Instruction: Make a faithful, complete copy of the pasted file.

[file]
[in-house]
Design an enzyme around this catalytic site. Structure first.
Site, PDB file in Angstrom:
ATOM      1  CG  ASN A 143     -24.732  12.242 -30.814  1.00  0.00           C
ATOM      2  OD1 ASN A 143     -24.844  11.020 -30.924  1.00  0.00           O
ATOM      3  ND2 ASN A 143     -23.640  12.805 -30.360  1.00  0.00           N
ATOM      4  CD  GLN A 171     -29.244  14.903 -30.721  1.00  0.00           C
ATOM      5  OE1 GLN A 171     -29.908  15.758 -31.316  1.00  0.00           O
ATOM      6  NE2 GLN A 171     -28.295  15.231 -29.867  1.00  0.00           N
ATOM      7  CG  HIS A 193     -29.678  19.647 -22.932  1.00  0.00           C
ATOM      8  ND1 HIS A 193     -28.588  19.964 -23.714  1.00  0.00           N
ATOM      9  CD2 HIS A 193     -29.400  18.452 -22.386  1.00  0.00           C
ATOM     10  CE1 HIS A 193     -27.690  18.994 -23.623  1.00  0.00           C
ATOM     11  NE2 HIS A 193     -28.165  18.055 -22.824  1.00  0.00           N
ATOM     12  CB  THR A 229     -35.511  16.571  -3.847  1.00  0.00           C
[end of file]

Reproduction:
[in-house]
Design an enzyme around this catalytic site. Structure first.
Site, PDB file in Angstrom:
ATOM      1  CG  ASN A 143     -24.732  12.242 -30.814  1.00  0.00           C
ATOM      2  OD1 ASN A 143     -24.844  11.020 -30.924  1.00  0.00           O
ATOM      3  ND2 ASN A 143     -23.640  12.805 -30.360  1.00  0.00           N
ATOM      4  CD  GLN A 171     -29.244  14.903 -30.721  1.00  0.00           C
ATOM      5  OE1 GLN A 171     -29.908  15.758 -31.316  1.00  0.00           O
ATOM      6  NE2 GLN A 171     -28.295  15.231 -29.867  1.00  0.00           N
ATOM      7  CG  HIS A 193     -29.678  19.647 -22.932  1.00  0.00           C
ATOM      8  ND1 HIS A 193     -28.588  19.964 -23.714  1.00  0.00           N
ATOM      9  CD2 HIS A 193     -29.400  18.452 -22.386  1.00  0.00           C
ATOM     10  CE1 HIS A 193     -27.690  18.994 -23.623  1.00  0.00           C
ATOM     11  NE2 HIS A 193     -28.165  18.055 -22.824  1.00  0.00           N
ATOM     12  CB  THR A 229     -35.511  16.571  -3.847  1.00  0.00           C